In the event of failure to comply with the limits recommended for dioxins, furans and PCBs, the EFTA Member States are to take the necessary measures to reduce or eliminate the contamination, by identifying its sources and checking for the presence of non-dioxin-like PCBs.
These limits are included in Annex 1 to the EEA Agreement, Directive 2002/32/EC and Regulation (EC) No 466/2001.

Commission Recommendation of 16 November 2006 on the monitoring of background levels of dioxins, dioxin-like PCBs and non-dioxin-like PCBs in foodstuffs [Official Journal L 322 of 22.11.2006].

Commission Recommendation of 6 February 2006 on the reduction of the presence of dioxins, furans and PCBs in feedingstuffs and foodstuffs [Official Journal L 42 of 14.2.2006].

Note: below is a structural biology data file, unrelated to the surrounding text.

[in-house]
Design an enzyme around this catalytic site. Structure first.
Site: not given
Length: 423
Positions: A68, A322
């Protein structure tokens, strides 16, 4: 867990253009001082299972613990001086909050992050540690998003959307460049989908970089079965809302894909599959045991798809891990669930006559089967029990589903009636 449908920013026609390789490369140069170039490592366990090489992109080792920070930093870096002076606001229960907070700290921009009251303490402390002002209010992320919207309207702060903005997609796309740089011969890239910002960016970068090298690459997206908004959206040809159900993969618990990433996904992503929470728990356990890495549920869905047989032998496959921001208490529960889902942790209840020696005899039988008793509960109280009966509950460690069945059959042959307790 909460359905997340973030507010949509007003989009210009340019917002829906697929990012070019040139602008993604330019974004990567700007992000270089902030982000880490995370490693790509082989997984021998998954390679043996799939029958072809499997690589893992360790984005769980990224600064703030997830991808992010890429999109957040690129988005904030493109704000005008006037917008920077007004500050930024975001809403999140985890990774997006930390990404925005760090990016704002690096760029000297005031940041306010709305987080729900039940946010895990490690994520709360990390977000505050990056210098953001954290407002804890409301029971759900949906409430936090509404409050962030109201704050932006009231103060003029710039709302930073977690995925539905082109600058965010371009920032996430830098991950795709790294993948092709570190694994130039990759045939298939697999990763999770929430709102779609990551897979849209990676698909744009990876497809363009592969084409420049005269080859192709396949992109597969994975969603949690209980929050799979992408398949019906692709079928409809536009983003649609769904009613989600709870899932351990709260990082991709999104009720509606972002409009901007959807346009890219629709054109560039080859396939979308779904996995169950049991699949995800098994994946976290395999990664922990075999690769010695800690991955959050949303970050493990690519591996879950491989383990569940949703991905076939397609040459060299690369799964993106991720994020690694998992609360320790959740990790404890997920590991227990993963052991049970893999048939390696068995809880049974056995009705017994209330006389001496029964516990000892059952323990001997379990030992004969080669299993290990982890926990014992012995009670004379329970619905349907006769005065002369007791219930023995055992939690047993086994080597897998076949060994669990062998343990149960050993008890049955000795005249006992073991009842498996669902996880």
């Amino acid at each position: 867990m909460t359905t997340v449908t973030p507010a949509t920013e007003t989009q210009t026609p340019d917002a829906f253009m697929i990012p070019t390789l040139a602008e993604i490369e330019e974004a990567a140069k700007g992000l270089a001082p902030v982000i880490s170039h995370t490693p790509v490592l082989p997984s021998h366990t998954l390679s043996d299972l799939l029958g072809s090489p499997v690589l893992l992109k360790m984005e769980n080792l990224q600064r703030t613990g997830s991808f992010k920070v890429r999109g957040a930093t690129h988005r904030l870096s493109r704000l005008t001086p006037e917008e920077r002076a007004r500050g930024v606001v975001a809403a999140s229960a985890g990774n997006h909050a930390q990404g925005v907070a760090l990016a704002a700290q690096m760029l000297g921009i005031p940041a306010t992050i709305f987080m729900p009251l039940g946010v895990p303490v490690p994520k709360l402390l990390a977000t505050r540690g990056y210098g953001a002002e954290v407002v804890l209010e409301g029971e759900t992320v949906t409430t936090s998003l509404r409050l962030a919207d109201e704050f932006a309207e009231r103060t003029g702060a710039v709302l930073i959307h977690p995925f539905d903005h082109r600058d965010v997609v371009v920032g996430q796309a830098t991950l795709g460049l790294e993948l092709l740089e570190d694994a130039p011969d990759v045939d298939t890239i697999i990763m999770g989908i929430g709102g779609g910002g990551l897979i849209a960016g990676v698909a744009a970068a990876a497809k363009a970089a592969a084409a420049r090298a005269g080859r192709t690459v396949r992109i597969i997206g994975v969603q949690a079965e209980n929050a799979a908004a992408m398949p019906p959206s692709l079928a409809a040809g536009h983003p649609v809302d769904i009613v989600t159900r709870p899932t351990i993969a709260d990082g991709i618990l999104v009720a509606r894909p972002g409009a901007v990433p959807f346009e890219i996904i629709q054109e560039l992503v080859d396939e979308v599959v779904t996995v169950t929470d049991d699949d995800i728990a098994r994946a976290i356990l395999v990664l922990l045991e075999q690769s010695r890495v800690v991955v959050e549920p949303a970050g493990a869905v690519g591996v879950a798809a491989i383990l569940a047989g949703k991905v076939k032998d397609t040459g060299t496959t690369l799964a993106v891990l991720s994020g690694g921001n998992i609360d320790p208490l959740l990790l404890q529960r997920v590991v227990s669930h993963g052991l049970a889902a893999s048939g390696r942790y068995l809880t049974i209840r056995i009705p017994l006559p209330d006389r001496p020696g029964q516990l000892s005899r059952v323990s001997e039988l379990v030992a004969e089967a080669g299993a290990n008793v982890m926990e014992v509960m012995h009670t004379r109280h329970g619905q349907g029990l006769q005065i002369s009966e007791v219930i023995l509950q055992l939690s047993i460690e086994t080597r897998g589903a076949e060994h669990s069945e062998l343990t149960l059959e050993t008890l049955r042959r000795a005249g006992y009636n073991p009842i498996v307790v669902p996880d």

Communication from the Commission of 13 April 2004 on implementation of the Community strategy for dioxins, furans and polychlorinated biphenyls [COM(2004) 240 – Official Journal C 122 of 30.4.2004].
This report summarises the main progress made between the end of 2001 and the end of 2003 with actions for the environment on the one hand and those for food and feed on the other. The main environmental actions focused on knowledge of the current situation in the Acceding and Candidate Countries and strengthening capacity in these countries, research relating to the risks associated with dioxins and other harmful substances, awareness raising and informing the public, the necessary ratification of international agreements, and the dissemination of best practices. In the area of food safety, the main actions covered the establishment of maximum levels, action levels and target levels, as well as certain specific issues.